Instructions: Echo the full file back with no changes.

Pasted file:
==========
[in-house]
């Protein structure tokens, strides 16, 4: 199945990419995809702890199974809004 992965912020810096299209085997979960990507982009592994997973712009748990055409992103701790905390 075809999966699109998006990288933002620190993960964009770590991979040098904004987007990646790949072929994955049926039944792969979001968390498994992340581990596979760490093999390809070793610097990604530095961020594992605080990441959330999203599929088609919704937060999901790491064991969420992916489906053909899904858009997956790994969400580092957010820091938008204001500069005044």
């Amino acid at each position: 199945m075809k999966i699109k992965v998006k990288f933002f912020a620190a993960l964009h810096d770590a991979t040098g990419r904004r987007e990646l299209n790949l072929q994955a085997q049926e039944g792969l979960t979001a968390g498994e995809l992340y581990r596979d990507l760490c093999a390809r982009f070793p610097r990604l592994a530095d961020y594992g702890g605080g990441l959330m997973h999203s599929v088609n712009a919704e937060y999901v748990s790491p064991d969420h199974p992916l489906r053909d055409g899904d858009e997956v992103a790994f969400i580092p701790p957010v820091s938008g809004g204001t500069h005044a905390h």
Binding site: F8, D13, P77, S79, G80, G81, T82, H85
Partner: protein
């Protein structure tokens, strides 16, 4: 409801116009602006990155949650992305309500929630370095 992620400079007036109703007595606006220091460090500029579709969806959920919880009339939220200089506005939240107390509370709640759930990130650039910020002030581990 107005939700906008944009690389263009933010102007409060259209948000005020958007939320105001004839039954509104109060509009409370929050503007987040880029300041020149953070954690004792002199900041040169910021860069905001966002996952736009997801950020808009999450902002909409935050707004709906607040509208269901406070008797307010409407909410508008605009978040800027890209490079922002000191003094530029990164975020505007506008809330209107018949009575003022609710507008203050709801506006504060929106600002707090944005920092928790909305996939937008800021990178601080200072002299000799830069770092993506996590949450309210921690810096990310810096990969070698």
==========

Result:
[in-house]
């Protein structure tokens, strides 16, 4: 199945990419995809702890199974809004 992965912020810096299209085997979960990507982009592994997973712009748990055409992103701790905390 075809999966699109998006990288933002620190993960964009770590991979040098904004987007990646790949072929994955049926039944792969979001968390498994992340581990596979760490093999390809070793610097990604530095961020594992605080990441959330999203599929088609919704937060999901790491064991969420992916489906053909899904858009997956790994969400580092957010820091938008204001500069005044």
């Amino acid at each position: 199945m075809k999966i699109k992965v998006k990288f933002f912020a620190a993960l964009h810096d770590a991979t040098g990419r904004r987007e990646l299209n790949l072929q994955a085997q049926e039944g792969l979960t979001a968390g498994e995809l992340y581990r596979d990507l760490c093999a390809r982009f070793p610097r990604l592994a530095d961020y594992g702890g605080g990441l959330m997973h999203s599929v088609n712009a919704e937060y999901v748990s790491p064991d969420h199974p992916l489906r053909d055409g899904d858009e997956v992103a790994f969400i580092p701790p957010v820091s938008g809004g204001t500069h005044a905390h």
Binding site: F8, D13, P77, S79, G80, G81, T82, H85
Partner: protein
């Protein structure tokens, strides 16, 4: 409801116009602006990155949650992305309500929630370095 992620400079007036109703007595606006220091460090500029579709969806959920919880009339939220200089506005939240107390509370709640759930990130650039910020002030581990 107005939700906008944009690389263009933010102007409060259209948000005020958007939320105001004839039954509104109060509009409370929050503007987040880029300041020149953070954690004792002199900041040169910021860069905001966002996952736009997801950020808009999450902002909409935050707004709906607040509208269901406070008797307010409407909410508008605009978040800027890209490079922002000191003094530029990164975020505007506008809330209107018949009575003022609710507008203050709801506006504060929106600002707090944005920092928790909305996939937008800021990178601080200072002299000799830069770092993506996590949450309210921690810096990310810096990969070698």